Earlier this session, we testified on a bill, LD 91, which sought to increase criminal penalties for protesters at or in the vicinity of a funeral. While both the message and the target choice of these protesters are deplorable, fortunately for all of us, free speech doesn't belong only to those we agree with.
The Criminal Justice Committee considering LD 91 agreed that even offensive messengers are guaranteed a constitutional right to speak. They rejected the bill, retaining current law which strikes the appropriate balance of protecting free speech, while at the same time ensuring friends and families have an opportunity to grieve without being harassed by vile and disrespectful displays.
Yesterday, the Supreme Court issued its decision in the related case of Snyder v. Phelps,addressing and affirming the First Amendment rights of anti-gay protesters at military funderals.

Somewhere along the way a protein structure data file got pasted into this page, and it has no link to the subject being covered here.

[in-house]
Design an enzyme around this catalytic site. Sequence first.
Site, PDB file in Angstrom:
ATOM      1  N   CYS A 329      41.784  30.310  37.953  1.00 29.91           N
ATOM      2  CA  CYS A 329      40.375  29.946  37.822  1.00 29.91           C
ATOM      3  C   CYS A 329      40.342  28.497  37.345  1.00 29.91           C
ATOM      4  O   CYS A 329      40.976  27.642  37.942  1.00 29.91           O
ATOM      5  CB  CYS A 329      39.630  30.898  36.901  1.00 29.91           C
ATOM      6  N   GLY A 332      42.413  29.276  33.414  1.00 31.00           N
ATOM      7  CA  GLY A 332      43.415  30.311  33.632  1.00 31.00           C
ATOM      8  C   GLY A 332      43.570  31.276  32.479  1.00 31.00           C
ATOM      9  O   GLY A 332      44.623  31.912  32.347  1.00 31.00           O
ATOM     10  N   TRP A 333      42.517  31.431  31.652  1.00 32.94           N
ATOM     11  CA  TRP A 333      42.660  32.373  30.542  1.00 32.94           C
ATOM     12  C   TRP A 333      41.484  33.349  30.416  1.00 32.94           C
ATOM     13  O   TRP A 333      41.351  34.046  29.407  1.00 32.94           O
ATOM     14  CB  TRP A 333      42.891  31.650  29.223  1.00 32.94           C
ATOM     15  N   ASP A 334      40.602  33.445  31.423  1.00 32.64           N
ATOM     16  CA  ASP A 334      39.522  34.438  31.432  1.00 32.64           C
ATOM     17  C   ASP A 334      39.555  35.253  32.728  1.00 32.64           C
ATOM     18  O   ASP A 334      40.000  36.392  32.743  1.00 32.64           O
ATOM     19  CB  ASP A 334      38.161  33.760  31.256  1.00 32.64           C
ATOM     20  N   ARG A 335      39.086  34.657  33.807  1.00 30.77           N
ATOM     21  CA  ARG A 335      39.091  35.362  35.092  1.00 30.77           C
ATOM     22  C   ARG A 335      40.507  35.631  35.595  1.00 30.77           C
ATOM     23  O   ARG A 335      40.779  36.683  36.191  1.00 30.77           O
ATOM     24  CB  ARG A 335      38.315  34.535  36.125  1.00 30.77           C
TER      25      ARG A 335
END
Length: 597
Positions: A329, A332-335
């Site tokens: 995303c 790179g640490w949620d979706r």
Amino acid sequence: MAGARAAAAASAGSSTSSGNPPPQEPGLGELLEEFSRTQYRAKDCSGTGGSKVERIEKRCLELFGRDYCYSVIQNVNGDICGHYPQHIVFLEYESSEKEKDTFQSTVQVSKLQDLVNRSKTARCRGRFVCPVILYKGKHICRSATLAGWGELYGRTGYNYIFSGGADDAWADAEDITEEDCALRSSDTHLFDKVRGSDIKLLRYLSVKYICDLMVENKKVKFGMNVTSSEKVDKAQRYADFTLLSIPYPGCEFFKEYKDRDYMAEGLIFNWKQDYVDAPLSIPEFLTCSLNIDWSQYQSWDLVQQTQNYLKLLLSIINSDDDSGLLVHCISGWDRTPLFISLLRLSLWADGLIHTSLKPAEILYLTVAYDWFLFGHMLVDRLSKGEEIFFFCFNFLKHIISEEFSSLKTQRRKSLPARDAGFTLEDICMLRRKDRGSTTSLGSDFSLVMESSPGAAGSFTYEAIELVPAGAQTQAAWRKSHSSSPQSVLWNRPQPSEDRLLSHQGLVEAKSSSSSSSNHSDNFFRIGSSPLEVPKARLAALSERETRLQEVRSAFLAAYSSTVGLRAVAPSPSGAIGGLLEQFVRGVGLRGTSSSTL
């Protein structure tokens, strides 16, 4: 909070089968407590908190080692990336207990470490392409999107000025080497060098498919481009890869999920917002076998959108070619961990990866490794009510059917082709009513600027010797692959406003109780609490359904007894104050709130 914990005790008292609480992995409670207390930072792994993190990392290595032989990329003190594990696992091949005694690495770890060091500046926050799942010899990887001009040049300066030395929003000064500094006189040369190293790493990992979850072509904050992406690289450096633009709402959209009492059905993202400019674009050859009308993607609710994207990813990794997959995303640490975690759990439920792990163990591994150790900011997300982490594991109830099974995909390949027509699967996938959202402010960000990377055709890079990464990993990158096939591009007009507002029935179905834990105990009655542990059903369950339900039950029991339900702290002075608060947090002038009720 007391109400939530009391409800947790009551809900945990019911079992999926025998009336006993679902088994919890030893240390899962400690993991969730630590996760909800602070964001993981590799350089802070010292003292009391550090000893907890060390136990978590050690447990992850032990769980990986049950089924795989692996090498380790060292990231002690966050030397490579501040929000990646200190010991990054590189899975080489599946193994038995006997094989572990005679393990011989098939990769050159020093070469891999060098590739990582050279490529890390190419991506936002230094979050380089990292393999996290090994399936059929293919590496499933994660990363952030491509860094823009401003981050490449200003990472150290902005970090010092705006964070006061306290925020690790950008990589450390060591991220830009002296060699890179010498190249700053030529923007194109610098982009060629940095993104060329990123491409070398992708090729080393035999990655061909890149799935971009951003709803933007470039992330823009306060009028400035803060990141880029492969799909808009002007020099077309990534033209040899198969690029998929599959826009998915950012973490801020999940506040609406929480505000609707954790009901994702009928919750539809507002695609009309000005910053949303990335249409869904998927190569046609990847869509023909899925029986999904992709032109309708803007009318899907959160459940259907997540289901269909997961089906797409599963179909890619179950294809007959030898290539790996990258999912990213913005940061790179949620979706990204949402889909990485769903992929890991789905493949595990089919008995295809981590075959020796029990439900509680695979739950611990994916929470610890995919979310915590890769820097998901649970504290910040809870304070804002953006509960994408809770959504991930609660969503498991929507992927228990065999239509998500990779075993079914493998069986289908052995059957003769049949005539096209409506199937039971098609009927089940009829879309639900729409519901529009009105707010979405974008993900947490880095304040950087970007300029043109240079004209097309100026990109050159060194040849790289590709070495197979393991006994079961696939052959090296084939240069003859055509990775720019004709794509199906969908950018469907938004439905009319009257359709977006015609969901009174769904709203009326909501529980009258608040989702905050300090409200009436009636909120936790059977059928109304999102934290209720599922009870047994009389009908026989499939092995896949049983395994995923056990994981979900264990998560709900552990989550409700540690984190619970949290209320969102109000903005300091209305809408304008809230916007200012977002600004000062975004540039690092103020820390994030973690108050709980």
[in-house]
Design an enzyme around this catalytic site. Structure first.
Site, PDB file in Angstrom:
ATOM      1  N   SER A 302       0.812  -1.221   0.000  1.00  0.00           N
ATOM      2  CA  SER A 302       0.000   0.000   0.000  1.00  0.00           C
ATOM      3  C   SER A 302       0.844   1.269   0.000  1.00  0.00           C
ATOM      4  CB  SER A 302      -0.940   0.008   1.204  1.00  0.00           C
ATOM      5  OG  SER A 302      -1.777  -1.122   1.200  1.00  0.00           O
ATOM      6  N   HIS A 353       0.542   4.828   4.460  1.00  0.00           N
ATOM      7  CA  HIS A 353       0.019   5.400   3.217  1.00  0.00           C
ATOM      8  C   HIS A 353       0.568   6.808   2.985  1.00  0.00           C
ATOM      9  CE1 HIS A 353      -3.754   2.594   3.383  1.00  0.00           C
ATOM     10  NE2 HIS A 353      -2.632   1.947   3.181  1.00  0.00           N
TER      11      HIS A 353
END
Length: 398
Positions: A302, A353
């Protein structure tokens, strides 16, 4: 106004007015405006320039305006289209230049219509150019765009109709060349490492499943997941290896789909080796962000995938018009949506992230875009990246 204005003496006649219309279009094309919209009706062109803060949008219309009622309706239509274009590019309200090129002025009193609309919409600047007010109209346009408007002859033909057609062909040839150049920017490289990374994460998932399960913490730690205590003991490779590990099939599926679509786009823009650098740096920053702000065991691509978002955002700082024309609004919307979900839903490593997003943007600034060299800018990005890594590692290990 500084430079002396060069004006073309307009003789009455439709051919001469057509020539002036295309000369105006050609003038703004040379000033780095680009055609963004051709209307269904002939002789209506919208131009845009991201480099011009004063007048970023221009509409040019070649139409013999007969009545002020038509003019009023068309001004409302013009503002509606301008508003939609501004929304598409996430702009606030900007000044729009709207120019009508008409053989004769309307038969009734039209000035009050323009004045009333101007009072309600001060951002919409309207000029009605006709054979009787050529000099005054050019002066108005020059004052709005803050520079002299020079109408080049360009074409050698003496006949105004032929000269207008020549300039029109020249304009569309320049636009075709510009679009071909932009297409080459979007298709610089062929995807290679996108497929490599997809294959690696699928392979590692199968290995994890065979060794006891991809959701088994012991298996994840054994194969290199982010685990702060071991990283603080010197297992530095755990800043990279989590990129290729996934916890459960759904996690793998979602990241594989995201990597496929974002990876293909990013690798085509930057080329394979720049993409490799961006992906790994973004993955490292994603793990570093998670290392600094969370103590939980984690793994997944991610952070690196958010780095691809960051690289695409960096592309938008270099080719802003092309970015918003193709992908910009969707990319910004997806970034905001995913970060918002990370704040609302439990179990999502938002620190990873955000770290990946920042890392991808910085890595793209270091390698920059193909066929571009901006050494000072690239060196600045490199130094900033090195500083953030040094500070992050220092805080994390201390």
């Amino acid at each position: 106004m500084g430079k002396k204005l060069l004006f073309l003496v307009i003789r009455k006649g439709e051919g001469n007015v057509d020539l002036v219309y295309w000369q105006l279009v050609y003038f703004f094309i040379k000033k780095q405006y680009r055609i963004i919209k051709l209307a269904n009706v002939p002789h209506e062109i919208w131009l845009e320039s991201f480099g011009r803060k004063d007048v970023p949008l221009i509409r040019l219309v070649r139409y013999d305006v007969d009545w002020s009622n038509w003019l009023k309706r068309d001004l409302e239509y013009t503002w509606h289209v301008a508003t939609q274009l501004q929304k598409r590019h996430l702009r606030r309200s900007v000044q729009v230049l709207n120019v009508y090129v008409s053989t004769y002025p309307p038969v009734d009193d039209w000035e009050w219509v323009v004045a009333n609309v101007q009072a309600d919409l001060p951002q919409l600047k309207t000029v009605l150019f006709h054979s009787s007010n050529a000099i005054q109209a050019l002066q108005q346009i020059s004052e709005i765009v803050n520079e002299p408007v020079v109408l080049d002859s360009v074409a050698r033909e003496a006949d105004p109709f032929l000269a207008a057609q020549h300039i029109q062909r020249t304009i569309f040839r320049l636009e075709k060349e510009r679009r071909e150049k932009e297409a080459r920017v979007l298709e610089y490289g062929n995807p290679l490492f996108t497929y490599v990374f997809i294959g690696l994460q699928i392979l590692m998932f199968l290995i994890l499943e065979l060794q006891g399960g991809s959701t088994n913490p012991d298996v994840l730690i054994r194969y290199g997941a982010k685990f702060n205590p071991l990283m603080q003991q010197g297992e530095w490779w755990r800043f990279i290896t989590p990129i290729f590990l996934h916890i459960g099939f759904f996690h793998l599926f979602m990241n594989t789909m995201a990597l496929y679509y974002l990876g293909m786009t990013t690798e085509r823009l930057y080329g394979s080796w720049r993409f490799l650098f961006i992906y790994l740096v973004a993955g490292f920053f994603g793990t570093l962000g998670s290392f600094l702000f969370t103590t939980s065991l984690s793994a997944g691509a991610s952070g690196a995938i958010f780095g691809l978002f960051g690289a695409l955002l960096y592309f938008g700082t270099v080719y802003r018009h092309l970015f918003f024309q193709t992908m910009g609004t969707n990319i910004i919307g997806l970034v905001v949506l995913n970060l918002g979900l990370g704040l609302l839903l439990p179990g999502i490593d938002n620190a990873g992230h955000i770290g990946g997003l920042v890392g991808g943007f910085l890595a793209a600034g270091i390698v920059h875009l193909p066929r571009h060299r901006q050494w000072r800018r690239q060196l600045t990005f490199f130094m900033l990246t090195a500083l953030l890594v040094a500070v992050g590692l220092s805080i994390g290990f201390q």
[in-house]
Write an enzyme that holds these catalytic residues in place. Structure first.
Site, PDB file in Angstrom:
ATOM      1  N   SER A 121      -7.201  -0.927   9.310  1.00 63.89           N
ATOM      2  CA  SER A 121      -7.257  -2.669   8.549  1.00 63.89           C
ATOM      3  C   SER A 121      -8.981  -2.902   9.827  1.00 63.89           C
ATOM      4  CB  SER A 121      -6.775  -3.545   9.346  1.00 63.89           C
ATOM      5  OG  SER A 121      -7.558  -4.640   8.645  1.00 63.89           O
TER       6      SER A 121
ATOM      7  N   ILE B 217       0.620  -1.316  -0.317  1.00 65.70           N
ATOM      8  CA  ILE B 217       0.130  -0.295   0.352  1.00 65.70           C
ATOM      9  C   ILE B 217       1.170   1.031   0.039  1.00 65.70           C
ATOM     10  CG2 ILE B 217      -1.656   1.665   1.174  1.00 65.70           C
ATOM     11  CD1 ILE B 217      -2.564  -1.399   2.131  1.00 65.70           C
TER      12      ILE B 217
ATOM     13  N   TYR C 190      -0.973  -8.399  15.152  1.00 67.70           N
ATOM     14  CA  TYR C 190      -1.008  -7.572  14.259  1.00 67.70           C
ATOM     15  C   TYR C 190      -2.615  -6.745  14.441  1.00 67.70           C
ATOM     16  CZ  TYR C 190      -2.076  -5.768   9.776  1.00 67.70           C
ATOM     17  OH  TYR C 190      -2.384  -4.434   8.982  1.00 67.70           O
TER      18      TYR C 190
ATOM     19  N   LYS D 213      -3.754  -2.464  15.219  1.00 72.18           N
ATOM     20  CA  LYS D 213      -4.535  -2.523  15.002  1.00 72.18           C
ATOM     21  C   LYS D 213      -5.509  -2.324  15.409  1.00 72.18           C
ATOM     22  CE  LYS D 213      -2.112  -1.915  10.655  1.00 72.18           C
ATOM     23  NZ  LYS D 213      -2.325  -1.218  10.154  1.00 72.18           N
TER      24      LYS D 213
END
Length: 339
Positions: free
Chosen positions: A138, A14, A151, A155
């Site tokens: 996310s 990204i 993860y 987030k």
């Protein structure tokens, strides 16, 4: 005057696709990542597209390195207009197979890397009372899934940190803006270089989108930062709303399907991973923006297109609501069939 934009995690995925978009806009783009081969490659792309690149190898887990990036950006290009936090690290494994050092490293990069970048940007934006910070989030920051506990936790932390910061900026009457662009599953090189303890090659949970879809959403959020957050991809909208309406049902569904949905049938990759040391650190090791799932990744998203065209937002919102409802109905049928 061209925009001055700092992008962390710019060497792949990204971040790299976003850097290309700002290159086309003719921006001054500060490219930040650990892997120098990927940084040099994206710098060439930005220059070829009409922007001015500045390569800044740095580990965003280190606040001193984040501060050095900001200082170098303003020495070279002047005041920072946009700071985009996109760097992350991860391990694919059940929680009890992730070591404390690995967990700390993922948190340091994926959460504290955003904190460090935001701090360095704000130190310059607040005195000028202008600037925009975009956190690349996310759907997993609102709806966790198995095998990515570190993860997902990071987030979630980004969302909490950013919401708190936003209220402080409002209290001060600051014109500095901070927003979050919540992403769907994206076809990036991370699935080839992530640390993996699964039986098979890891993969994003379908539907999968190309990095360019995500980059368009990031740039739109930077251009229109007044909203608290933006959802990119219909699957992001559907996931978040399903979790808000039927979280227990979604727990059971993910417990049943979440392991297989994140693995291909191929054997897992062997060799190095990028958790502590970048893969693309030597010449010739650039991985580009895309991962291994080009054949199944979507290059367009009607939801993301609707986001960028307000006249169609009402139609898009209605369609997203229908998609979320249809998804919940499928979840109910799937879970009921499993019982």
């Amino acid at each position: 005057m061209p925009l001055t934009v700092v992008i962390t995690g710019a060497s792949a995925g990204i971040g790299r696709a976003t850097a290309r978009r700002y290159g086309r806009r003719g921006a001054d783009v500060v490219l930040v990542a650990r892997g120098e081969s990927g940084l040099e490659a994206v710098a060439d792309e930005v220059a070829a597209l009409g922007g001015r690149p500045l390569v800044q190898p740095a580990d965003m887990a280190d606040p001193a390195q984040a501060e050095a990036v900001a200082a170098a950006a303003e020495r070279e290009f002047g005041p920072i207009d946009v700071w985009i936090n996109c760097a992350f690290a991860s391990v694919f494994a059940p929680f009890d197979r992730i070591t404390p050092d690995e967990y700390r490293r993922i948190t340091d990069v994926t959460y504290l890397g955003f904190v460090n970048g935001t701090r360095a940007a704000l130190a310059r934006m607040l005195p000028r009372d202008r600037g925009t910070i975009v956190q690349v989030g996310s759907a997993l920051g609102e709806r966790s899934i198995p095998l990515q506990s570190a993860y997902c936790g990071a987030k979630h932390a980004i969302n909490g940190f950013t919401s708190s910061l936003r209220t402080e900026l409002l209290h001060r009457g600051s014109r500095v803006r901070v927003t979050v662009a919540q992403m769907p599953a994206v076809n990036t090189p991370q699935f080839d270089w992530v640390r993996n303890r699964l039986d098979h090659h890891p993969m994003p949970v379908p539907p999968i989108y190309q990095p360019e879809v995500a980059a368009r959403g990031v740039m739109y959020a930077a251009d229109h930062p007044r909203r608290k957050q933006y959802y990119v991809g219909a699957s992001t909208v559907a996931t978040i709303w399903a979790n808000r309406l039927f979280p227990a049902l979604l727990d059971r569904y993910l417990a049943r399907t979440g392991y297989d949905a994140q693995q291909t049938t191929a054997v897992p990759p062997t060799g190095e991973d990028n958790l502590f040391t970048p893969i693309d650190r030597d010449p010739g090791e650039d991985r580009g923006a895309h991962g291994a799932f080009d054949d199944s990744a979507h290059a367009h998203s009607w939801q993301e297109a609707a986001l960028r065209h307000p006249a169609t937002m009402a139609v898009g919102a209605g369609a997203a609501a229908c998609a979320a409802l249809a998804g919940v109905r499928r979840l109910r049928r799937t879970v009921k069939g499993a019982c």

Eight of the nine Justices agreed with Maine's Criminal Justice Committee, that the First Amendment doesn't only protect speech that is tasteful and inoffensive. It is actually in the hard cases that our commitment to the First Amendment is most tested and most important. The Court held that the penalty issued in response to a claim of intentional infliction of emotional distress improperly violated the First Amendment rights of the peaceful (though extremely offensive) protesters.
We believe the Court’s decision properly and respectfully acknowledges the Snyder family’s grief. But it correctly holds that the response to that grief cannot include the abandonment of core First Amendment principles designed to protect even the most unpopular speech on matters of public concern.
A copy of the ACLU's brief in the case is available online here.